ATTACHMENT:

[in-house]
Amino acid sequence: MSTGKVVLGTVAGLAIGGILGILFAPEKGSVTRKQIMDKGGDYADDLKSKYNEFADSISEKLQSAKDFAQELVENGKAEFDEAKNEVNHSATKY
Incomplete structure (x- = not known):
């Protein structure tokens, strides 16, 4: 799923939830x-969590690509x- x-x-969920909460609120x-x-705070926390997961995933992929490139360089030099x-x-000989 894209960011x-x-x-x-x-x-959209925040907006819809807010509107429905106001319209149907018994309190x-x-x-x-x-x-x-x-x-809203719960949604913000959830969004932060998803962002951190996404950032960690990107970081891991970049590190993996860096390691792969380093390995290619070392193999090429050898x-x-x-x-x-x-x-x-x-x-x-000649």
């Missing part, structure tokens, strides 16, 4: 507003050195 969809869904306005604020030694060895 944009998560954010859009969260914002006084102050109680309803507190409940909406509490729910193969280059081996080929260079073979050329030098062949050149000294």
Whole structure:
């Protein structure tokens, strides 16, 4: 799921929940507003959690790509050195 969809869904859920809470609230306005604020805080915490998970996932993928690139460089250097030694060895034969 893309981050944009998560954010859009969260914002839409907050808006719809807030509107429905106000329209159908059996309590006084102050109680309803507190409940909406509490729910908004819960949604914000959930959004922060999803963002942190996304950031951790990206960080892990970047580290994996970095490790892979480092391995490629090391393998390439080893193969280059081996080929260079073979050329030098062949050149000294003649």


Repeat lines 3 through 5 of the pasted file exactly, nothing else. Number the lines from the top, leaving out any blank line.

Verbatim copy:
Incomplete structure (x- = not known):
């Protein structure tokens, strides 16, 4: 799923939830x-969590690509x- x-x-969920909460609120x-x-705070926390997961995933992929490139360089030099x-x-000989 894209960011x-x-x-x-x-x-959209925040907006819809807010509107429905106001319209149907018994309190x-x-x-x-x-x-x-x-x-809203719960949604913000959830969004932060998803962002951190996404950032960690990107970081891991970049590190993996860096390691792969380093390995290619070392193999090429050898x-x-x-x-x-x-x-x-x-x-x-000649």
């Missing part, structure tokens, strides 16, 4: 507003050195 969809869904306005604020030694060895 944009998560954010859009969260914002006084102050109680309803507190409940909406509490729910193969280059081996080929260079073979050329030098062949050149000294």